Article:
But, as we now know — and as you can now learn about through tell-all HBO documentaries and investigative nonfiction books — the technology didn’t work, and the company appeared to continue testing patients’ blood despite knowing they couldn’t deliver accurate medical information. Her criminal trial began in early September in San Jose, California — after delays due to the pandemic and Holmes’ childbirth — with Judge Edward Davila at the bench.
In her heyday, when Forbes named her the youngest and wealthiest female self-made billionaire in America, she was portrayed as a Steve Jobs-like genius with unstoppable charisma. But in court filings, Holmes’ defense said that Ramesh “Sunny” Balwani, her former boyfriend and COO of Theranos, was abusive and controlling. The filings indicate that Holmes’ lawyers might introduce testimony on Holmes’ mental health and the effects of the abuse as part of her defense, perhaps pinning the blame of Theranos’ failure on Balwani, who will be tried for fraud separately next year.
But as Holmes has testified the last few days, the San Jose courthouse has looked more like a circus than the site of a criminal fraud case. Law360 reporter Dorothy Atkins tweeted this morning that when she arrived at 4:30 AM, she was the 32nd person in line to enter the courthouse. Due to the popularity of the case, audience members have been urged to only take notes or live-report using silent keyboards, like touch screens on a smartphone. Some journalists have brought tarot cards to give readings while waiting hours in line. The fanfare is reminiscent of the early days of the trial in September, when fans (yes, fans) of the disgraced entrepreneur cosplayed as Elizabeth Holmes. As a play on that viral moment, artist Danielle Baskin — who often pokes fun at Silicon Valley culture — sold blonde wigs, black turtlenecks, lipstick and blood energy drinks in line this morning (she later tweeted that she learned today that you can’t “sell merch” on federal property.)
Though Elizabeth Holmes makes for an easy Halloween costume, the antics around the high-profile case can’t undermine the horrifying evidence presented by the prosecution, which is working to prove to the jury that Holmes knowingly defrauded investors by lying about the efficacy of Theranos products.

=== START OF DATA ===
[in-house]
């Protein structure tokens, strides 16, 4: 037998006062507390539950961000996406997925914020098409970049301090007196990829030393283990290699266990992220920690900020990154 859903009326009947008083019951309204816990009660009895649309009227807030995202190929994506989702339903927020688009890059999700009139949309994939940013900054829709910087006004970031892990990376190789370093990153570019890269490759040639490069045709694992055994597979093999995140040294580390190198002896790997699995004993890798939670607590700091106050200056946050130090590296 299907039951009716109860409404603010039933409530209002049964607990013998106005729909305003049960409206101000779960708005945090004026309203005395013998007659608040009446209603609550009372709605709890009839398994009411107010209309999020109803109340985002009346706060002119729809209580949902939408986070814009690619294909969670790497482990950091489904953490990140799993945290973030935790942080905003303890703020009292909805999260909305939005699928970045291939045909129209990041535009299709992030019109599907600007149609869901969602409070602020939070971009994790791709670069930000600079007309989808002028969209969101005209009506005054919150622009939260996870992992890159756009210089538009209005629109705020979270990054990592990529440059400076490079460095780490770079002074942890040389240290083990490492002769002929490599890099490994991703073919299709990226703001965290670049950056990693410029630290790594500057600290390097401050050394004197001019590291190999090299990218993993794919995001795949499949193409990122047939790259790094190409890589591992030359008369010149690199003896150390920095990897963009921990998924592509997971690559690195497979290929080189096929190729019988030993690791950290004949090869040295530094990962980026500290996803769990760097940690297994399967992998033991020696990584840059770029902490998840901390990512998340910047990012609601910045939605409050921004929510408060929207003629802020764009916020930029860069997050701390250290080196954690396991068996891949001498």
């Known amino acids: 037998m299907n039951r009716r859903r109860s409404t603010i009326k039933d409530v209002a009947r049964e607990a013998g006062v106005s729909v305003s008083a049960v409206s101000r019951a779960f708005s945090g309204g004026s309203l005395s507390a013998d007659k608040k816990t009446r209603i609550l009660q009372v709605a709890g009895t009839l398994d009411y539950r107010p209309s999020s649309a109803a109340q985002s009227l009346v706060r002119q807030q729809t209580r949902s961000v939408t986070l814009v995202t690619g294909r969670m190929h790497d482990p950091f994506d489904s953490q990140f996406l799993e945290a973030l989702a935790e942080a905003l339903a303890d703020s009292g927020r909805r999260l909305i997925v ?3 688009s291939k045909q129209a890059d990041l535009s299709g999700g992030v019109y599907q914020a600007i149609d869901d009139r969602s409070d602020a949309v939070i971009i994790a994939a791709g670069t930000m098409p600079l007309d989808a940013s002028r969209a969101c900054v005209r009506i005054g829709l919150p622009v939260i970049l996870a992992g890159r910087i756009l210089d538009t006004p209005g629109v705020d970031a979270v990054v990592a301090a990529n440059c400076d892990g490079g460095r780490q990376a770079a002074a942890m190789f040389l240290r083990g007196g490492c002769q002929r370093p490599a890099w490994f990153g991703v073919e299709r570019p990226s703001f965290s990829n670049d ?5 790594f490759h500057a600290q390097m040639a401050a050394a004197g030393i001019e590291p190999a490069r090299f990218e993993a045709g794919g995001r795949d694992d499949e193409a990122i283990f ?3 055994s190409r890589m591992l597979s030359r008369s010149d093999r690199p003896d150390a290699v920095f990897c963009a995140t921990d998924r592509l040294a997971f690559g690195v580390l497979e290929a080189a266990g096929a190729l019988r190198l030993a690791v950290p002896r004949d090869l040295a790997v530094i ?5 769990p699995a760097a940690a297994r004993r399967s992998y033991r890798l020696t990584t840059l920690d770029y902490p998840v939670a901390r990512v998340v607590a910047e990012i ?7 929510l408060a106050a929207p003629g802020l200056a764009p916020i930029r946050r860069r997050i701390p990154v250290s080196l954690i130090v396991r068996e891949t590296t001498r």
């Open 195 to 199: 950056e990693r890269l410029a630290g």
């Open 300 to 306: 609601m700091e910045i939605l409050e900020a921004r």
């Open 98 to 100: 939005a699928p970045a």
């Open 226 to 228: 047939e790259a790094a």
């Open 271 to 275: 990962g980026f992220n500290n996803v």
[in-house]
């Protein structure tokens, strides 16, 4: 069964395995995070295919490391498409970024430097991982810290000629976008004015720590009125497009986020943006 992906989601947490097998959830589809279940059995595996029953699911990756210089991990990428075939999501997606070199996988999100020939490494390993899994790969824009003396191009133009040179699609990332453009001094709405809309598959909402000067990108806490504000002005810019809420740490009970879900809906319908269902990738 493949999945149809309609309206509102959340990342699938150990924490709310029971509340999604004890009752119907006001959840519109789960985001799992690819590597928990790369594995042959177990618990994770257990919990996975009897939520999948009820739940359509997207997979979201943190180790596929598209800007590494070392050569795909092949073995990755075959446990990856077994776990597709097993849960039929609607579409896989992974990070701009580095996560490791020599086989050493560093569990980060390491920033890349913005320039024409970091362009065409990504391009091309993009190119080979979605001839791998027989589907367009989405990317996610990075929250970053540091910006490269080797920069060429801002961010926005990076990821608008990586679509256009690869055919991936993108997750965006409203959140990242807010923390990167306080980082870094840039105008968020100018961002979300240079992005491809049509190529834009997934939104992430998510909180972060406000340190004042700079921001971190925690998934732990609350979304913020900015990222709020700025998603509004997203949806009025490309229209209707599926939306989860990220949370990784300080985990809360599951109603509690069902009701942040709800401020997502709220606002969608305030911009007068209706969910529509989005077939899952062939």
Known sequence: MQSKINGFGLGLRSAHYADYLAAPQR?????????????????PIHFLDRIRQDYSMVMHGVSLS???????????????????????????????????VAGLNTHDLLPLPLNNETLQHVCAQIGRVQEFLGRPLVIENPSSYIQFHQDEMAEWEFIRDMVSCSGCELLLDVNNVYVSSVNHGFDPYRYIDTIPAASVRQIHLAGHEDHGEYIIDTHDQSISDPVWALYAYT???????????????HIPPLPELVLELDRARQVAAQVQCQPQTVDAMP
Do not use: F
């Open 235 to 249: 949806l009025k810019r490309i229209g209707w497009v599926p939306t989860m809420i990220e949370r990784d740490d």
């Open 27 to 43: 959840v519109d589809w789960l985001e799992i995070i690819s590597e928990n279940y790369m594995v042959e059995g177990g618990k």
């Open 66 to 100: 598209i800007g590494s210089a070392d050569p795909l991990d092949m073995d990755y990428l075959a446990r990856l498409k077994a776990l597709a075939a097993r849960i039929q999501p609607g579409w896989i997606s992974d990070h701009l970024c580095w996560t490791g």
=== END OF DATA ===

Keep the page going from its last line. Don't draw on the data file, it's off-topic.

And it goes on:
One former Theranos patient, Erin Tompkins, testified in court that her Theranos test results detected the presence of HIV antibodies, which could mean she had the virus that causes AIDS, a life-threatening disease. Tompkins said she didn’t have insurance at the time, so it wasn’t until three months later that she could get a blood test elsewhere, which did not detect HIV. She said she was initially drawn to Theranos since the prices were so low. Another patient, Dr. Mehrl Ellsworth, testified that he received inaccurate results, which falsely indicated that he had prostate cancer.
Dr. Adam Rosendorff, the former Theranos lab director, testified that “the company was more about PR and fundraising than patient care,” adding that Holmes went ahead with Theranos’ commercial launch despite his concerns about the technology. One of the Theranos whistleblowers, Erika Cheung, recounted her story of quitting the startup because she was uncomfortable processing patient samples when she didn’t think the technology could provide accurate results.
After court adjourns today, the trial will take a break for the Thanksgiving holiday, resuming Holmes’ testimony on Monday. According to court schedules, her defense is expected to continue presenting its case through the middle of December.